Bioconjugate Chemistry 07/2014; 25(8). DOI:10.1021/bc500212n · 4.82 Impact Factor
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    ABSTRACT: Heavy metal contamination of water can be toxic to humans and wildlife; thus the development of methods to detect this contamination is of high importance. Here we describe the design and application of DNA-based fluorescent chemosensors on microbeads to differentiate eight toxic metal ions in water. We developed and synthesized four fluorescent 2′-deoxyribosides of metal-binding ligands. A tetramer-length oligodeoxy-fluoroside (ODF) library of 6561 members was constructed and screened for sequences responsive to metal ions, of which seven sequences were selected. Statistical analysis of the response patterns showed successful differentiation of the analytes at concentrations as low as 100 nM. Sensors were able to classify water samples from 13 varied sites and quantify metal contamination in unknown specimens. The results demonstrate the practical potential of bead-based ODF chemosensors to analyze heavy metal contamination in water samples by a simple and inexpensive optical method.
    Angewandte Chemie 05/2014; 126(21). DOI:10.1002/ange.201403235
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    ABSTRACT: Heavy metal contamination of water can be toxic to humans and wildlife; thus the development of methods to detect this contamination is of high importance. Here we describe the design and application of DNA-based fluorescent chemosensors on microbeads to differentiate eight toxic metal ions in water. We developed and synthesized four fluorescent 2′-deoxyribosides of metal-binding ligands. A tetramer-length oligodeoxy-fluoroside (ODF) library of 6561 members was constructed and screened for sequences responsive to metal ions, of which seven sequences were selected. Statistical analysis of the response patterns showed successful differentiation of the analytes at concentrations as low as 100 nM. Sensors were able to classify water samples from 13 varied sites and quantify metal contamination in unknown specimens. The results demonstrate the practical potential of bead-based ODF chemosensors to analyze heavy metal contamination in water samples by a simple and inexpensive optical method.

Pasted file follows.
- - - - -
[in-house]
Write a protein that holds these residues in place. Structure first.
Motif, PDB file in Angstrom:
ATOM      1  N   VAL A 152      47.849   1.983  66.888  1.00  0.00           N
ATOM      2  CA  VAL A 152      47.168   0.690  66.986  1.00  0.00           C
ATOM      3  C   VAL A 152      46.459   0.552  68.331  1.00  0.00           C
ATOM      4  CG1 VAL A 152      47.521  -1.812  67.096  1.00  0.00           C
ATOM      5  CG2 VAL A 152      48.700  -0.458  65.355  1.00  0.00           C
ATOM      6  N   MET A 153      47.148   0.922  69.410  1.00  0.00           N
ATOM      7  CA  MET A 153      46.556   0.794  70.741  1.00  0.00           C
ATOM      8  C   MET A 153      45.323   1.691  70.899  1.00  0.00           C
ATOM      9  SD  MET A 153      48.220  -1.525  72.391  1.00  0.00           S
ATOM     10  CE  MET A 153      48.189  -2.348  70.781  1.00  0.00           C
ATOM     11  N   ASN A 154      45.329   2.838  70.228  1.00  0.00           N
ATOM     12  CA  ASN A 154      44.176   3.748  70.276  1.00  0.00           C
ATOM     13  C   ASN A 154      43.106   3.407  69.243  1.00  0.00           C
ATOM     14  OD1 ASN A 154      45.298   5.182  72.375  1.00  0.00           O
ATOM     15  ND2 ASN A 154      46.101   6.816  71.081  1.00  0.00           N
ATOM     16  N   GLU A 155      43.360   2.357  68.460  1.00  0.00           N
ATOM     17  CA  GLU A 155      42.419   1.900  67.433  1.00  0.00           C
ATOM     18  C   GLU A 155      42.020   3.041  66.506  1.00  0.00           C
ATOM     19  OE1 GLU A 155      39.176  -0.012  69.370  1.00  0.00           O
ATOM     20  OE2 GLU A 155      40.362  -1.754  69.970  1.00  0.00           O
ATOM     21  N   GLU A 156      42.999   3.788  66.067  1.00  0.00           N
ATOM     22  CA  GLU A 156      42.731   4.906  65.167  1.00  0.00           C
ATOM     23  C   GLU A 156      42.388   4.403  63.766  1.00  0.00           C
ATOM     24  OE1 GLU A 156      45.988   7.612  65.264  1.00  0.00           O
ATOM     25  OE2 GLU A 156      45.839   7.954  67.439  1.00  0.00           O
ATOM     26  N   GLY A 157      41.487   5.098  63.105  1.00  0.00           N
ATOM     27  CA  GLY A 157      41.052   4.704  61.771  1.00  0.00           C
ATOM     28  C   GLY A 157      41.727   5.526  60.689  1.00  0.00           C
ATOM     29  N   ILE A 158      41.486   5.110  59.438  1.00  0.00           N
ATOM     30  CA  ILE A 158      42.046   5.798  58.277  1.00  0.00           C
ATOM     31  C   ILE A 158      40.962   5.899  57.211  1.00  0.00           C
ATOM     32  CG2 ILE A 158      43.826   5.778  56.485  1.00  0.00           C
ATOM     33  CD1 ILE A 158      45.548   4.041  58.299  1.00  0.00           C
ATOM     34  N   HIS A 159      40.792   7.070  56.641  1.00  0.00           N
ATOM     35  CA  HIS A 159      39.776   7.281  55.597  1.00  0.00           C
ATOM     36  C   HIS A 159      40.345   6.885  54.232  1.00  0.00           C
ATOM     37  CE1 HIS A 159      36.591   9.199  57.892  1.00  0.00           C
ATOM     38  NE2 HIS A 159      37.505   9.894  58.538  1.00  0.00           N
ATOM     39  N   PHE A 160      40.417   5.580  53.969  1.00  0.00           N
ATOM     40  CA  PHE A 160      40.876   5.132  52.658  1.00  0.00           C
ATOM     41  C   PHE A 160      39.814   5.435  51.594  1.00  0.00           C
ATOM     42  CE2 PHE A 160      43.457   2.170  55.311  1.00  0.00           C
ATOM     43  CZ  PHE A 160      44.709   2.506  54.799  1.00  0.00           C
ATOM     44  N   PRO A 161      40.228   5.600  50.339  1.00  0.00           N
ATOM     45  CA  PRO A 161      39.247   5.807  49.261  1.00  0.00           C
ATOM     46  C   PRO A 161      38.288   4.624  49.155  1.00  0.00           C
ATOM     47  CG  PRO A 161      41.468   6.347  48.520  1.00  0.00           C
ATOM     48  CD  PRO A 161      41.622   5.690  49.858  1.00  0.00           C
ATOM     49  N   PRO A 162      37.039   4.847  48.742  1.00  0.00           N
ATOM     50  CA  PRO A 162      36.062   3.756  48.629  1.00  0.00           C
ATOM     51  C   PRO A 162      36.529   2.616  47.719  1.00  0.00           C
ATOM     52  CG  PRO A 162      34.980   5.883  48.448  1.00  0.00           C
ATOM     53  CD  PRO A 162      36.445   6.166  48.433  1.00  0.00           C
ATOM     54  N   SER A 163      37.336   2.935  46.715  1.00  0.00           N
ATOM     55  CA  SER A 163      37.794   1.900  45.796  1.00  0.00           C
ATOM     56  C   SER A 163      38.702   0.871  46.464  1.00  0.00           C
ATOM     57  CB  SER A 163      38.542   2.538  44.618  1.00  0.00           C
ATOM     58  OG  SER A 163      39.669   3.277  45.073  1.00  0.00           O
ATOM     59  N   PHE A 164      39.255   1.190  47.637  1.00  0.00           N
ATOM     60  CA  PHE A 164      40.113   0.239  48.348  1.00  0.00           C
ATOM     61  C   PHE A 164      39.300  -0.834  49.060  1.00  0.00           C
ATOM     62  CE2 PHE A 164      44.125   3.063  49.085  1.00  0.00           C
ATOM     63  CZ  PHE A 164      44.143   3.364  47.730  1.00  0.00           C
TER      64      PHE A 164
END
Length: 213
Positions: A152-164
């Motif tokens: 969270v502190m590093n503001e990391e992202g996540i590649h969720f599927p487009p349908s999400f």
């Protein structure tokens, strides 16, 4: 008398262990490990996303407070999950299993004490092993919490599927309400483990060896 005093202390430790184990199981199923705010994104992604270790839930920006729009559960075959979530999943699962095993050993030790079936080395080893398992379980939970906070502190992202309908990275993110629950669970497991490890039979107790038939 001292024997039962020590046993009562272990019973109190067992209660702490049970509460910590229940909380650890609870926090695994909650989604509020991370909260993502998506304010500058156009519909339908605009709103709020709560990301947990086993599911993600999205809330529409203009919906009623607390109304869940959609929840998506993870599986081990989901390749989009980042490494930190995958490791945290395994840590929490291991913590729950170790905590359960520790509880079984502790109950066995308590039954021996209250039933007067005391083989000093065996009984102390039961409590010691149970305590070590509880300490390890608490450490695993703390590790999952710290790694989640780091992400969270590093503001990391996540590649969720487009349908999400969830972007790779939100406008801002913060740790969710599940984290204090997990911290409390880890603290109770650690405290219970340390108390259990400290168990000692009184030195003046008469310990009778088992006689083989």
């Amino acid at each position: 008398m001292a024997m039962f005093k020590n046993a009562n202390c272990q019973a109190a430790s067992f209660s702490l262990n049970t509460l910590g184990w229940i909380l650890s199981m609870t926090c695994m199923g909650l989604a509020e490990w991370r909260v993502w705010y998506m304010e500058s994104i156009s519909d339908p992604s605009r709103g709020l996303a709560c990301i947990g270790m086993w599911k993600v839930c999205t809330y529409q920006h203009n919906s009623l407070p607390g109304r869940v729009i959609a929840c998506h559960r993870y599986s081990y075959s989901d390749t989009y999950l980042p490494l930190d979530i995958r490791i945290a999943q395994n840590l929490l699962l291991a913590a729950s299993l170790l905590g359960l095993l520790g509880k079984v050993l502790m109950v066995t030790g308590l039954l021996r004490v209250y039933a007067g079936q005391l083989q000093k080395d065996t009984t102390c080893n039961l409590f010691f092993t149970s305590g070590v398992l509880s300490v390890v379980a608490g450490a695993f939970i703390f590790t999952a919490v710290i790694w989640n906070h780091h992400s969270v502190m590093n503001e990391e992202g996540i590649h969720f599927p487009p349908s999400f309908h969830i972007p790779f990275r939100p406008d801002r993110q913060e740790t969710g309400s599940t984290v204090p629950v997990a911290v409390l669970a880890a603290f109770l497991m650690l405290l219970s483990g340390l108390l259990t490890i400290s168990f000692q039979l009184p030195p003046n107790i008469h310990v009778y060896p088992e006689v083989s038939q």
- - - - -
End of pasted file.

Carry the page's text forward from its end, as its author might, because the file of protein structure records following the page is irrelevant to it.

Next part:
Angewandte Chemie International Edition 05/2014; 53(21). DOI:10.1002/anie.201403235 · 11.26 Impact Factor
  • Source
    Raphael M Franzini · Dario Neri · Jörg Scheuermann
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    ABSTRACT: DNA-encoded chemical libraries (DECLs) represent a promising tool in drug discovery. DECL technology allows the synthesis and screening of chemical libraries of unprecedented size at moderate costs. In analogy to phage-display technology, where large antibody libraries are displayed on the surface of filamentous phage and are genetically encoded in the phage genome, DECLs feature the display of individual small organic chemical moieties on DNA fragments serving as amplifiable identification barcodes. The DNA-tag facilitates the synthesis and allows the simultaneous screening of very large sets of compounds (up to billions of molecules), because the hit compounds can easily be identified and quantified by PCR-amplification of the DNA-barcode followed by high-throughput DNA sequencing. Several approaches have been used to generate DECLs, differing both in the methods used for library encoding and for the combinatorial assembly of chemical moieties. For example, DECLs can be used for fragment-based drug discovery, displaying a single molecule on DNA or two chemical moieties at the extremities of complementary DNA strands.